On November 28, a syndicated op-ed by Charles Wohlforth and Amanda Hendrix appeared in the Los Angeles Times and carried over the following days by a number of other newspapers claiming that journeys to Mars are just a dream. According to these writers, the race to Mars “can’t be won with either’s [NASA’s or SpaceX’s] current technology, regardless of their spending or commitment. The barrier is human biology. Even a short sortie mission to Mars would be extremely hazardous to human health. A Mars colony is out of the question.”
These pessimistic pronouncements have no scientific basis. For example, while Wohlforth and Hendrix point to a UC Irvine study in which irradiated mice sustained brain damage, they failed to note that the mice in question received their dose at about 40,000 times the rate it would be experienced by astronauts on a journey to Mars. This discrepancy makes the study invalid. In toxicology dose rates are critical. A glass of wine a night will cause no ill effects; 40,000 glasses of wine drunk at once would unquestionably be fatal.
In fact, not only do the cosmic ray alarmists lack foundation for their claims, we have direct contrary evidence. As a result of extensive stays onboard the International Space Station or Mir, about a dozen astronauts and cosmonauts have already experienced cosmic day doses comparable to a Mars journey, and there have been no radiological casualties. This is not surprising, since, on the basis of extensive radiation health knowledge, the radiation doses and dose rates involved pose no threat whatsoever of short-term effects, and at most about a 1 percent increase in statistical risk of contracting cancer at sometime later in life.
The authors are on somewhat firmer ground when they talk about the dangers of extended exposure to zero gravity, as there have in fact been harmful effects, including thinning of bones and weakening of muscles, observed. However, it must be noted that literally scores of astronauts and cosmonauts taking six-month tours (an equal duration to that required for flight from Earth to Mars using current propulsion) have survived such exposures. Moreover, a countermeasure — artificial gravity produced by spinning the spacecraft — that would eliminate all such effects is readily available.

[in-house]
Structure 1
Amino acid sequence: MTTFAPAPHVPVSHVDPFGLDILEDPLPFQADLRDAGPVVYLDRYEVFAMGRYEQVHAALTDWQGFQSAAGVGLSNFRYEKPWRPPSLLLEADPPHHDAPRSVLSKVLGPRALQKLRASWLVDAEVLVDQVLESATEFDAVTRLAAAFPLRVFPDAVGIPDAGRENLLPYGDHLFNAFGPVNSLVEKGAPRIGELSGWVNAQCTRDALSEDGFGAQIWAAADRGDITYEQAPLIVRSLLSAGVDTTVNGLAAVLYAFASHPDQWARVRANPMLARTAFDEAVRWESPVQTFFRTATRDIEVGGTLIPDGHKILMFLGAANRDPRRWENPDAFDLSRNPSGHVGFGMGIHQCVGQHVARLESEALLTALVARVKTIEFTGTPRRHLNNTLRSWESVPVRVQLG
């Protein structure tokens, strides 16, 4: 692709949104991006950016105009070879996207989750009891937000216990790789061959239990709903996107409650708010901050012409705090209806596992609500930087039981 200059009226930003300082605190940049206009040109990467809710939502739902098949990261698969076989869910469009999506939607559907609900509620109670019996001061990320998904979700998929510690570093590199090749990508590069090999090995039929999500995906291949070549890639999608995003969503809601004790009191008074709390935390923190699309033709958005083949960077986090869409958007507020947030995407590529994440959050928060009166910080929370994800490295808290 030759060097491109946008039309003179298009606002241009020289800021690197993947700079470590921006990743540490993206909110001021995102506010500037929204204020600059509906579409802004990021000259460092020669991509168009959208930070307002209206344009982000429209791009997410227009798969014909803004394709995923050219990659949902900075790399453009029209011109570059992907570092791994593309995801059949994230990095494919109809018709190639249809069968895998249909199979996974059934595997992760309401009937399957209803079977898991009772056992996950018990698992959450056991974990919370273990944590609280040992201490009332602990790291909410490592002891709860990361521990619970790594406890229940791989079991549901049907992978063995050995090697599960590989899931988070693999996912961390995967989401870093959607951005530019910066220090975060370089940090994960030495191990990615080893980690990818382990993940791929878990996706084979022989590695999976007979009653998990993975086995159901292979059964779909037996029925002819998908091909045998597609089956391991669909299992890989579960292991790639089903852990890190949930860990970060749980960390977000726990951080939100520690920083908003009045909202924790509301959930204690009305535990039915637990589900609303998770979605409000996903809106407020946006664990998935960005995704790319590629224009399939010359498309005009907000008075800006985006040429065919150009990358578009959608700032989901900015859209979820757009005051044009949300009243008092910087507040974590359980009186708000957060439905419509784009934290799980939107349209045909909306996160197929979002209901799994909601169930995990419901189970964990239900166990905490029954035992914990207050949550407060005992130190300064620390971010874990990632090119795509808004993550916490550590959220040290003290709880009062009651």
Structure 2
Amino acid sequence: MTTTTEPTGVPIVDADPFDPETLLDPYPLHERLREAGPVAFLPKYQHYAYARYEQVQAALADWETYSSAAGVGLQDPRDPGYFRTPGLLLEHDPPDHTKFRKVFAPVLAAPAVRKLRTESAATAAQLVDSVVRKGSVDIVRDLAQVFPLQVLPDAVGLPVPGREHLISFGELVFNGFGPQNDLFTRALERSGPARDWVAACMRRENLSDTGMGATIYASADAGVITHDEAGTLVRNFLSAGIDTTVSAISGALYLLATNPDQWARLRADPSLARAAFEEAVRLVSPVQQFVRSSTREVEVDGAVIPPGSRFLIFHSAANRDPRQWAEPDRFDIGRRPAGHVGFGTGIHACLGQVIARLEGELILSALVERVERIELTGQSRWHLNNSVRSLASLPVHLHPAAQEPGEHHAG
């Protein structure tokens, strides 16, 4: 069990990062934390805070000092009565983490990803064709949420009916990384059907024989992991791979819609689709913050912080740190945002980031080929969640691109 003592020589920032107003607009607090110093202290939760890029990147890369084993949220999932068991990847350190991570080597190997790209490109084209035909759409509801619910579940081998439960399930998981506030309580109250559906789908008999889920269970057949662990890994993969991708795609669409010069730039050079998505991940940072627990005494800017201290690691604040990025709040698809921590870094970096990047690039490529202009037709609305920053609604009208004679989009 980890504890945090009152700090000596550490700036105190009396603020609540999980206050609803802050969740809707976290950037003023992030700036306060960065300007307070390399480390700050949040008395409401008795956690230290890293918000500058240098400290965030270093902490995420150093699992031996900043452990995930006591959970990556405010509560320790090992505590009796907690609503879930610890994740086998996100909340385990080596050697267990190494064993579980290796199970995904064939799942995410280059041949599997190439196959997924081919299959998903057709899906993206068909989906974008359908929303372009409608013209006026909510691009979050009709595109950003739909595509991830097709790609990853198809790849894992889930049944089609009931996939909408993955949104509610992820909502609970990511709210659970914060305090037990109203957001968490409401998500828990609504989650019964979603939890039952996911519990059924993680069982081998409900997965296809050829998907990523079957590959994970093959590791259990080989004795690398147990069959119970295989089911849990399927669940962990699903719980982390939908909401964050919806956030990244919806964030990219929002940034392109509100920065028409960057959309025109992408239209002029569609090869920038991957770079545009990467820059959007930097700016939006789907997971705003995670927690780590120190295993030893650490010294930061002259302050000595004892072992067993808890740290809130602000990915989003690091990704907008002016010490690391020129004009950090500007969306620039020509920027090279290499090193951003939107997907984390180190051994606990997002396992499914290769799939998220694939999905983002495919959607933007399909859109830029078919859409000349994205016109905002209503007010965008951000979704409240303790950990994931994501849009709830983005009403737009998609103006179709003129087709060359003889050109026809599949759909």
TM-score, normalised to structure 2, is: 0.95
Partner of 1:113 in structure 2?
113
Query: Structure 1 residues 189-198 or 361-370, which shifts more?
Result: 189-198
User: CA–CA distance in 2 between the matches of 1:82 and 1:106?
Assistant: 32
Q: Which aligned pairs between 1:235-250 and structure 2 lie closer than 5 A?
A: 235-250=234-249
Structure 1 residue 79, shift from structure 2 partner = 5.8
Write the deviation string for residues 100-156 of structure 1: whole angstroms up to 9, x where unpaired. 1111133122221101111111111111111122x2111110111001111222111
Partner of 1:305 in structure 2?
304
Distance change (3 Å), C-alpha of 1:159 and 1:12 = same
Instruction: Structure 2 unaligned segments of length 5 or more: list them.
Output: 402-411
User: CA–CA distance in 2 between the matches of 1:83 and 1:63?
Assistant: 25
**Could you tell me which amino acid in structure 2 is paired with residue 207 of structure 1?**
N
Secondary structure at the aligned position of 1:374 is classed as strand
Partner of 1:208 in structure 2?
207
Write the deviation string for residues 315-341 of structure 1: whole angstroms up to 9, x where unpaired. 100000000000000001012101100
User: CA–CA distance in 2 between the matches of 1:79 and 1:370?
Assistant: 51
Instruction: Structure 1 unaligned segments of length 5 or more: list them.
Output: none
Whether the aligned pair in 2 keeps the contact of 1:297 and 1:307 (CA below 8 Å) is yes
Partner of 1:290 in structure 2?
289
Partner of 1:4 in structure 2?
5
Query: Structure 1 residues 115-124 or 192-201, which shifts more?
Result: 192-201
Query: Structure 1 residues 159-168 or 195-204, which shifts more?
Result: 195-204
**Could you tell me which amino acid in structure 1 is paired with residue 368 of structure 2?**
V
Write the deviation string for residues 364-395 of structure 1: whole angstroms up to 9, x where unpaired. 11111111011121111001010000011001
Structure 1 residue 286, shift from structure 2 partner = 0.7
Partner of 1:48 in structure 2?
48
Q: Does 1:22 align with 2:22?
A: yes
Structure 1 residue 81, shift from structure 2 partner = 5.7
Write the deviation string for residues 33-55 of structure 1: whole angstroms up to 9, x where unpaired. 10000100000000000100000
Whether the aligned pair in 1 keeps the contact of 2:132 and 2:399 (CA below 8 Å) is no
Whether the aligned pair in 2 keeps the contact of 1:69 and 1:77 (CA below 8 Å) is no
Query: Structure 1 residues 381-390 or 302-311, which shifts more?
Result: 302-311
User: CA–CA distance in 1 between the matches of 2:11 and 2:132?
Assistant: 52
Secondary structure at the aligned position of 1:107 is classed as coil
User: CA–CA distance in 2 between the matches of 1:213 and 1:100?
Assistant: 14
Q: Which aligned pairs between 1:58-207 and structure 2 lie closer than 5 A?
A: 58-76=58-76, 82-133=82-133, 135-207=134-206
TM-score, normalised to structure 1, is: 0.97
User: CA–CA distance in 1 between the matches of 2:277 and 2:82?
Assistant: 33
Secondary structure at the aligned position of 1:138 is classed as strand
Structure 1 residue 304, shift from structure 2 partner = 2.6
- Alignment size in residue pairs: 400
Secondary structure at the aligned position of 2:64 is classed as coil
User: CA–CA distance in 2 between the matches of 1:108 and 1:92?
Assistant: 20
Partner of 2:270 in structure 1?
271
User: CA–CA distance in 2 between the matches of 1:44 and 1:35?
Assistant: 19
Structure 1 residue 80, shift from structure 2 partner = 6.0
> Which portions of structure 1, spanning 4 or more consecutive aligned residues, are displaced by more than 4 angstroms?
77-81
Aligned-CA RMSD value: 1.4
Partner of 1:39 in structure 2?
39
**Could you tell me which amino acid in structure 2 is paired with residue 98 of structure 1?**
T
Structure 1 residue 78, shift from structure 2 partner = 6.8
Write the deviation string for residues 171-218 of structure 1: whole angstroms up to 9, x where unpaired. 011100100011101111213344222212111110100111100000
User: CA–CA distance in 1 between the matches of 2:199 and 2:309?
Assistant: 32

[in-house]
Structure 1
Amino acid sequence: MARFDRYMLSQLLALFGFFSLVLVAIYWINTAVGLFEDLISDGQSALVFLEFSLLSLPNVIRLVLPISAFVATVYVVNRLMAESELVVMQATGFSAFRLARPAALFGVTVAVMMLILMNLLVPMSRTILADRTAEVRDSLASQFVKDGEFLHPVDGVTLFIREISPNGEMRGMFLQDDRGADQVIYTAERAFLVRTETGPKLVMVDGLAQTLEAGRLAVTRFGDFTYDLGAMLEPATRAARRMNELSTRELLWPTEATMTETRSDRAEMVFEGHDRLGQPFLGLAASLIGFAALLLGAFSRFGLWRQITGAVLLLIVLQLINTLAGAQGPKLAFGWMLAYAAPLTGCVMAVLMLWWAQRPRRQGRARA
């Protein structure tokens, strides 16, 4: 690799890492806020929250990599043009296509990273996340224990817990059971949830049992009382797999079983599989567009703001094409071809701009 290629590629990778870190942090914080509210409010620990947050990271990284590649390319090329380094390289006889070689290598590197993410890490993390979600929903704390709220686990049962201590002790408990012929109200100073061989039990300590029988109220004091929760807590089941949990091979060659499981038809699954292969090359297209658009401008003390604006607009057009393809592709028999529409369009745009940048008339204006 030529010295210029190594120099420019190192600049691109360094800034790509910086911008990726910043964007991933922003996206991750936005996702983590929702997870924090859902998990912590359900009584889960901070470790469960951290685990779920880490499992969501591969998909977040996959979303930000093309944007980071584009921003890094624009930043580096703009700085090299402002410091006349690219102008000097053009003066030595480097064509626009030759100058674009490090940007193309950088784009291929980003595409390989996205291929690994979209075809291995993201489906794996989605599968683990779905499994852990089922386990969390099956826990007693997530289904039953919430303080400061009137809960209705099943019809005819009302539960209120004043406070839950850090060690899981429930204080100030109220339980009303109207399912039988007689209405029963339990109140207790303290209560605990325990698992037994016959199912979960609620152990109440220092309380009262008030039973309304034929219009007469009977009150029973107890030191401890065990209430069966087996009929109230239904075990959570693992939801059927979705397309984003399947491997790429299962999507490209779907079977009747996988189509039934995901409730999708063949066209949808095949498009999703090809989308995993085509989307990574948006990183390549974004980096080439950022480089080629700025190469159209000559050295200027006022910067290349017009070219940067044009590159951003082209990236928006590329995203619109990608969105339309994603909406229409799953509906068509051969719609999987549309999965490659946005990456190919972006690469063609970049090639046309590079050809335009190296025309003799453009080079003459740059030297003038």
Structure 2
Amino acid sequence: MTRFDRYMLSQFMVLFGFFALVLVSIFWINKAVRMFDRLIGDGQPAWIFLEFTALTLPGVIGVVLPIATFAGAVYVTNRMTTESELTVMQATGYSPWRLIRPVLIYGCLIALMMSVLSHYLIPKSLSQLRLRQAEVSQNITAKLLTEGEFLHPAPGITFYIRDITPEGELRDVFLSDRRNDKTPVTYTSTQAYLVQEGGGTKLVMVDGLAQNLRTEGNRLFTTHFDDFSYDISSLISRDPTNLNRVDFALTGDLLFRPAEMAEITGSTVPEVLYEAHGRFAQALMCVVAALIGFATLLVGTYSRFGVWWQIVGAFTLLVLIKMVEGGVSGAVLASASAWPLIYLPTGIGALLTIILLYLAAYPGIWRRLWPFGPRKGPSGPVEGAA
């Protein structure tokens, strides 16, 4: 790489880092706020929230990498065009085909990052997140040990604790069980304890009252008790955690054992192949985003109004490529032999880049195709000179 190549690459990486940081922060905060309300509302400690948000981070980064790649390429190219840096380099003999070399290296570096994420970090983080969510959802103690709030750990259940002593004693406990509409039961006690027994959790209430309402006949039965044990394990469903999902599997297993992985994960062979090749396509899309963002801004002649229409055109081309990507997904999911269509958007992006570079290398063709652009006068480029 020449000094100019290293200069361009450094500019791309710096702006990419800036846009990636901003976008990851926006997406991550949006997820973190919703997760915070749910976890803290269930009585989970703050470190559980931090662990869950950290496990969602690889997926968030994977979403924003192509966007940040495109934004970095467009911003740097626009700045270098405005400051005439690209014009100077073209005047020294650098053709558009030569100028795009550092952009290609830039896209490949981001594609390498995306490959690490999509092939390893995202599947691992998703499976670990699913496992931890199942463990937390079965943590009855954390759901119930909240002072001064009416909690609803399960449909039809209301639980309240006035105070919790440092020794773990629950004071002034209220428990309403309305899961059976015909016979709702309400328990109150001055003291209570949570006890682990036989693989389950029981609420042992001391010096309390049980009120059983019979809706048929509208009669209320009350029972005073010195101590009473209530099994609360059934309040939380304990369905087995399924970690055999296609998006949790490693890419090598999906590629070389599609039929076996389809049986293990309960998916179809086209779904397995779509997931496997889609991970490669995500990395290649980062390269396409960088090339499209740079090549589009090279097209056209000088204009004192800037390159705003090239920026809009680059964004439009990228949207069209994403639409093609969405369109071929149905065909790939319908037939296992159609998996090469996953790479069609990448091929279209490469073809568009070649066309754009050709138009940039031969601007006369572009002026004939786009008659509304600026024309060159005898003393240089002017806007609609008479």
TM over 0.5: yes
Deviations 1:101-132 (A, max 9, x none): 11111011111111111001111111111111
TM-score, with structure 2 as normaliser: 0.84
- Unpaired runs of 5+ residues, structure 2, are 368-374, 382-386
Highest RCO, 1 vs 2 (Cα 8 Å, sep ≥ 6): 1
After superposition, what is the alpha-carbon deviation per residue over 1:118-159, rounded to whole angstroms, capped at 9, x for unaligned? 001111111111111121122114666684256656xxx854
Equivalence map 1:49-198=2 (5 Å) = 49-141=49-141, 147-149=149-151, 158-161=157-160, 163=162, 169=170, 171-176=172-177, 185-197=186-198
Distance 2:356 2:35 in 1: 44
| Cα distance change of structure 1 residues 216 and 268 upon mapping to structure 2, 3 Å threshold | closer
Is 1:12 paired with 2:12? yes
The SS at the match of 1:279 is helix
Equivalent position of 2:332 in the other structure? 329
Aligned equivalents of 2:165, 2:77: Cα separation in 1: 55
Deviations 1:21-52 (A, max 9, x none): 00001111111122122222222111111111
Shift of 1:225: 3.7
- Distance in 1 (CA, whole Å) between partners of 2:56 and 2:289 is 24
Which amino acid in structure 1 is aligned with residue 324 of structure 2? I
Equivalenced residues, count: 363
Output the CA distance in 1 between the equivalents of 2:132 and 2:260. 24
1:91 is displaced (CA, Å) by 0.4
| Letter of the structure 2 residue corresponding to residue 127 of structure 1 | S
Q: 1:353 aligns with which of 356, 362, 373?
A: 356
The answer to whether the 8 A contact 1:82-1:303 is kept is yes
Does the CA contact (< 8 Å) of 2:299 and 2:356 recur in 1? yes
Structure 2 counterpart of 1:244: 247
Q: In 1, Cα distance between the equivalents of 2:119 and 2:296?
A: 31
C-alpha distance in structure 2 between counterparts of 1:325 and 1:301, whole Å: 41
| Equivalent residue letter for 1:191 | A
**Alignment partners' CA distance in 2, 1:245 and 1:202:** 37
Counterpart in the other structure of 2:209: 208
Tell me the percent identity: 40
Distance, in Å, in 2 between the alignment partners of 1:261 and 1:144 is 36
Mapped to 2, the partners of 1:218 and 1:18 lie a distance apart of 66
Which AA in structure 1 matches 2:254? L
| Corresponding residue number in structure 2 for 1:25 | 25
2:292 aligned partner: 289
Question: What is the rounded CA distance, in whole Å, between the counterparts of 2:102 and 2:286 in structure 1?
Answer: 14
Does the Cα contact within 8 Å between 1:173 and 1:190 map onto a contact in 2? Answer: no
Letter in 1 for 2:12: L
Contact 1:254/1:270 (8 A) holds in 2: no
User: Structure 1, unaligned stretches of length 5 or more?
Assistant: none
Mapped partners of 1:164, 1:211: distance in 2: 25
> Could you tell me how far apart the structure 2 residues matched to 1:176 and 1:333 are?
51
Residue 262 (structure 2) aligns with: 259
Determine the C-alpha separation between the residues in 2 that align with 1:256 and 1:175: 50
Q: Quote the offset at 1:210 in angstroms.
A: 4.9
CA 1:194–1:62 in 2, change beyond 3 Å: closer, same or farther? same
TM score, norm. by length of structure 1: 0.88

Ignoring these facts, Wohlforth and Hendrix say that “space propulsion would need a giant technical leap to make a Mars roundtrip in a safe period of 150 days.” They then pile on further impossibilities by saying that the goal should really be not Mars at all, but Saturn’s moon Titan, which is not only ultra cold and ultra dark, but ten times further away than the Red Planet.
Engineering is the art of making the impossible possible. Those who seek to make the possible seem impossible are members of a very different profession. Americans should not allow their horizons to be constrained by such defeatists.
Mars – the new world of our time – is within reach. It holds the key to the truth about the potential prevalence and diversity of life in the universe. It is the bracing challenge that will draw millions of our youth into science and engineering, with vast benefits to our society as a result. But more than that, it is the first step into an open frontier, offering an unlimited future for humanity.
The effort to get there won’t be free of either risk or cost. But from a technical point of view, we are much closer today to being able to send humans to the Red Planet than we were to being able to send men to the Moon in 1961, and we were there eight years later. For us to accept claims that we can no longer do such things is to accept the idea that we have become less than the kind of people we used to be.
And that is the one thing that this country cannot afford.